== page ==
Tlellagraph: Death, life, and the moon behind a cloud

Tlellagraph: Death, life, and the moon behind a cloud

By Janet Rigg

One of our pack members has left us for the great farm in the sky. Jack, aka “Jack Sparkle,” aka “Sabrina’s Baby,” aka “That Very Large Dog” succumbed to a rare form of cancer on Thursday, Feb. 1.

His prognosis was accurate when he was diagnosed a few months ago. He didn’t have long, and would be pain-free and happy until there would be a sudden decline. And that’s exactly what happened. Jack was a happy dog until a few days before his passing.

I took my dog Lola to say goodbye to Jack the night before, and my daughter. My daughter wished there was no such thing as sickness, an earnest thought and a simple solution. But that isn’t life, I said. There’s a circle, death brings more life. But it certainly doesn’t feel okay when it is our companion that completes the circle.

We weren’t the only ones to go visit Jack. Others knew how much Jack meant to Sabrina. And that’s how we do it in Tlell, although a special mention has to go to Sabrina’s South Island Friend, Della, for being with her throughout the whole night and the next day. Thanks for being there.

This one out, that one in… Tlell also welcomed a new puppy this week. Olli is a cute little fluffball — a Nova Scotia Duck Tolling Retriever — and joins the Oike-Dyment family. He joins Silver and Jura in the class of 2017/2018. I’m not sure if he’s met Jura yet, but he met Silver today and Silver was scared of him. That’s how brave my new dog is.

Though I could fill this whole column writing on the canines of Tlell, there is one more story to tell this week.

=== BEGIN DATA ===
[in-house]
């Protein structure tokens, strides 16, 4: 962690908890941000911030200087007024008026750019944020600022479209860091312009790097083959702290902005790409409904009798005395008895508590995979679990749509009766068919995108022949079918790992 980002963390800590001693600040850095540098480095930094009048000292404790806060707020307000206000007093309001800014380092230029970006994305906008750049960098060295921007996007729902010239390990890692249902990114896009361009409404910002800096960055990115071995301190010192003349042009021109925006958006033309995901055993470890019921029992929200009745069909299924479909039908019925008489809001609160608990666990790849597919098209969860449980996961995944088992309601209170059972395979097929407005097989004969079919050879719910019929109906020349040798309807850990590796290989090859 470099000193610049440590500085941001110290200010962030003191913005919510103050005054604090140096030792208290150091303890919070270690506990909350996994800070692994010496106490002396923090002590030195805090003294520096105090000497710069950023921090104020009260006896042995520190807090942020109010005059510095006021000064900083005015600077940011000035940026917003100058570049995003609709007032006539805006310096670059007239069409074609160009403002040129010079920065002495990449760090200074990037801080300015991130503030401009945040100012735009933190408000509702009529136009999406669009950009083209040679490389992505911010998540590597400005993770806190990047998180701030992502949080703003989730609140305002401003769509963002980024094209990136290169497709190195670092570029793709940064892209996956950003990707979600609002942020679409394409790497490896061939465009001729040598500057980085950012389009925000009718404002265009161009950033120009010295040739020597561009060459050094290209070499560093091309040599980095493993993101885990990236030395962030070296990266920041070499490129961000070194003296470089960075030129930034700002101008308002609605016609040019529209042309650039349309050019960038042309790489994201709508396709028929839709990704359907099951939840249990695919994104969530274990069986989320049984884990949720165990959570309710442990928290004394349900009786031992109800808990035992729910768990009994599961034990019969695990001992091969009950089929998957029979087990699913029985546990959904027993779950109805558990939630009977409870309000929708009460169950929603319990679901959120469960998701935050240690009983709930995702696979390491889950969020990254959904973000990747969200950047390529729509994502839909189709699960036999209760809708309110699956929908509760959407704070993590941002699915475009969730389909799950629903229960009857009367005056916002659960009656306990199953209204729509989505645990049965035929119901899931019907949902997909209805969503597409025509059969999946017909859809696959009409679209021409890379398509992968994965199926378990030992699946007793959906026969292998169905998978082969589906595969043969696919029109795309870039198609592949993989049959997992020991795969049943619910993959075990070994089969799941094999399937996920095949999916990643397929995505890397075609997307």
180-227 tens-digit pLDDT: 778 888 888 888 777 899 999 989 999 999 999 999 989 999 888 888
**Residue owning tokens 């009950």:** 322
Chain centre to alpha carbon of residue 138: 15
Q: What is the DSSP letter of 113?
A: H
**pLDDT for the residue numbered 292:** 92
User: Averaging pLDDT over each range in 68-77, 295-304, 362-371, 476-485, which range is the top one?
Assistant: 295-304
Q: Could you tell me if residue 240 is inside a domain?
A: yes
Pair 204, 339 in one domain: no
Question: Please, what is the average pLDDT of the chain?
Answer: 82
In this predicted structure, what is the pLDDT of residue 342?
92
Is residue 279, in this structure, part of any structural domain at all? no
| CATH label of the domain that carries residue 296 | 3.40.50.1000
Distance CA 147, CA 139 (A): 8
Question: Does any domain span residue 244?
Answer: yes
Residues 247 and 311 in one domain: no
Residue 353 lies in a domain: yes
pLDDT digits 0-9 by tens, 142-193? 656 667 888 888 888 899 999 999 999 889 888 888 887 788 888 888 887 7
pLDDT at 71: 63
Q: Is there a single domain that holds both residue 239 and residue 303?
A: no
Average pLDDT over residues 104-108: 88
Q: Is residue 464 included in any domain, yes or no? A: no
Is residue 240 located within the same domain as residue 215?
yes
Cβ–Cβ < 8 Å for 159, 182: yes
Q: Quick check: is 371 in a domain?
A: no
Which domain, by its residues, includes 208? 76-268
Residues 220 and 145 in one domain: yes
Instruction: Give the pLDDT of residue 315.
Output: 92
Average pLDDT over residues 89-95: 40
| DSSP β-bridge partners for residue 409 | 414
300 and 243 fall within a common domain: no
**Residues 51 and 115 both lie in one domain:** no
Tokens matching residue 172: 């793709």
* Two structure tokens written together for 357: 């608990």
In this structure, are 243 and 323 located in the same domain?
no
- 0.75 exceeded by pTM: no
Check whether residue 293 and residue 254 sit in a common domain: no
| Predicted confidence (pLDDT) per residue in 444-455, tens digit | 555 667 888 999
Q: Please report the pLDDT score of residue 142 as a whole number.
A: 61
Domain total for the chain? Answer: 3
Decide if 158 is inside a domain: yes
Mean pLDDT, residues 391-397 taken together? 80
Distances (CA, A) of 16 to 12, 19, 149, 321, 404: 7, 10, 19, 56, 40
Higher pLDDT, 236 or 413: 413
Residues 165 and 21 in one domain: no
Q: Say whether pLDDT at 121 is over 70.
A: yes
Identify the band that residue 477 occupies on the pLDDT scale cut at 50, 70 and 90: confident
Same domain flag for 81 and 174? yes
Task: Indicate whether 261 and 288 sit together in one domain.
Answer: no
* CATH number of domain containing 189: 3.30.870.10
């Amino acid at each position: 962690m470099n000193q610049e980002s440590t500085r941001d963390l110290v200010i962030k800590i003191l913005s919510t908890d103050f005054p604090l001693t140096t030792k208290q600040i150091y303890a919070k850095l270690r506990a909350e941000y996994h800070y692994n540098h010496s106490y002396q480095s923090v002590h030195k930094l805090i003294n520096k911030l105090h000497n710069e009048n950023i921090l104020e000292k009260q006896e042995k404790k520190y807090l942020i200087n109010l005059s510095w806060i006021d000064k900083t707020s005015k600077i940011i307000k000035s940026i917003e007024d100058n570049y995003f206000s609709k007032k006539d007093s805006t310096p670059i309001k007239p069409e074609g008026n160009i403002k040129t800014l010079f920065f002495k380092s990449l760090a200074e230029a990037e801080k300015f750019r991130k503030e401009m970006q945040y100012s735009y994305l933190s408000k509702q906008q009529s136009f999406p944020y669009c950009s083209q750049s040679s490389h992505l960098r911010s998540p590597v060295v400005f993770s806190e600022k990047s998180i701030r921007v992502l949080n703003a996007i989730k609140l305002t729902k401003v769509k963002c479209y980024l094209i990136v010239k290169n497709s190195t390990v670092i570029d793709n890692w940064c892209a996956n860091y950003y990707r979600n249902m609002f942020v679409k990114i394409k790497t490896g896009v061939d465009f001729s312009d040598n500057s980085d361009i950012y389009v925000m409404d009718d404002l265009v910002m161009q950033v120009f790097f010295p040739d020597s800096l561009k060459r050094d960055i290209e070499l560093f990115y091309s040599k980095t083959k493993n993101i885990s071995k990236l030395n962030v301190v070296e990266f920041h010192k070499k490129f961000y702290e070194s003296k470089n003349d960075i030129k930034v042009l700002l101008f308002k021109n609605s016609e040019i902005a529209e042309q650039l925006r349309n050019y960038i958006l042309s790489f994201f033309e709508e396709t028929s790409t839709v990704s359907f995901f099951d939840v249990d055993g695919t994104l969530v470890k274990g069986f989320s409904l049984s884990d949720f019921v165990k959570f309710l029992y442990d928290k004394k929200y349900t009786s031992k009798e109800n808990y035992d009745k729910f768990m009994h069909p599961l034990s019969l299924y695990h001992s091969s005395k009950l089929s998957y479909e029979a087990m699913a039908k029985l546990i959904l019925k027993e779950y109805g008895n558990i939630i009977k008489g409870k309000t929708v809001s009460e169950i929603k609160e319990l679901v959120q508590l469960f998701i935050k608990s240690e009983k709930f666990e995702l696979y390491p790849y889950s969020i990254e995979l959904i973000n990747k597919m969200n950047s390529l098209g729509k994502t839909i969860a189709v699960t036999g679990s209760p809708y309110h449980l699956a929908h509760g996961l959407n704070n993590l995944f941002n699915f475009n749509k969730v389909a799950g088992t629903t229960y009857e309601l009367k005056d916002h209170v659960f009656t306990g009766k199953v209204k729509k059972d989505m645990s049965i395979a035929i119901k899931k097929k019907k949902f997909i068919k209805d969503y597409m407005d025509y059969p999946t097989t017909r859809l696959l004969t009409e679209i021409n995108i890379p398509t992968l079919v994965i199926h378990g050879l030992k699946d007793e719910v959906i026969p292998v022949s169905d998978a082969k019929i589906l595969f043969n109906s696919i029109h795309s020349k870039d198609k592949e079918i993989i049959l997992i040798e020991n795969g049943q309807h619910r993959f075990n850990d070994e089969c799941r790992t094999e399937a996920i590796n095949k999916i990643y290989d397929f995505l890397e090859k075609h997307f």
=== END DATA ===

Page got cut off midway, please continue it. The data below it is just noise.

It started when the full moon, blue moon, super moon, red moon of the lunar eclipse slipped over the horizon. There was a person standing on the beach watching, in her mind, because she was actually inside on the couch watching TV and had forgot to get to the beach to watch the moon rise. So it was actually a few hours later that she was reminded by that other person, and she set her alarm for a time even later than that.

She woke up before her alarm, one minute before, which saved her from hearing that annoying sound. She woke up and went to the bathroom window and was pleased to see the moon nearly all in shadow, just a bright swath on the bottom side remaining.

She got up and went downstairs, because it didn’t seem spiritual enough to watch the eclipse from a bathroom window. She went outside, so there was nothing between her and this celestial moment. She wanted to Be. Right. There.

She watched, and not much changed. It was taking longer than she imagined, and how she remembered last watching a lunar eclipse from the roof of her Montreal townhome. Memories are wrong, she thought, always false. And she watched some more, and still nothing much seemed to change.

If she looked away for awhile, and then looked back, progress was noticeable. She did this a few times, but there wasn’t much else of interest in the blackness to look at. So she looked back at the moon.

It was getting closer, the full eclipse.

Closer still.

Go away cloud… oh no.

Cloud!

Really?!

The full eclipse was blotted out by the one cloud in the sky. It seemed no matter how hard she tried to have nothing between her and this great super full red and blue moon, the universe had other plans. And the universe had a cloud. The cloud that was now in front of the moon.

She went back to bed, with a small smile at the irony. Sometimes we try, sometimes we anticipate, sometimes we hope, and sometimes it just doesn’t work out.

And that’s how it was watching the lunar eclipse in Tlell. Email me at sewnart@haidagwaii.net and tell me a story.

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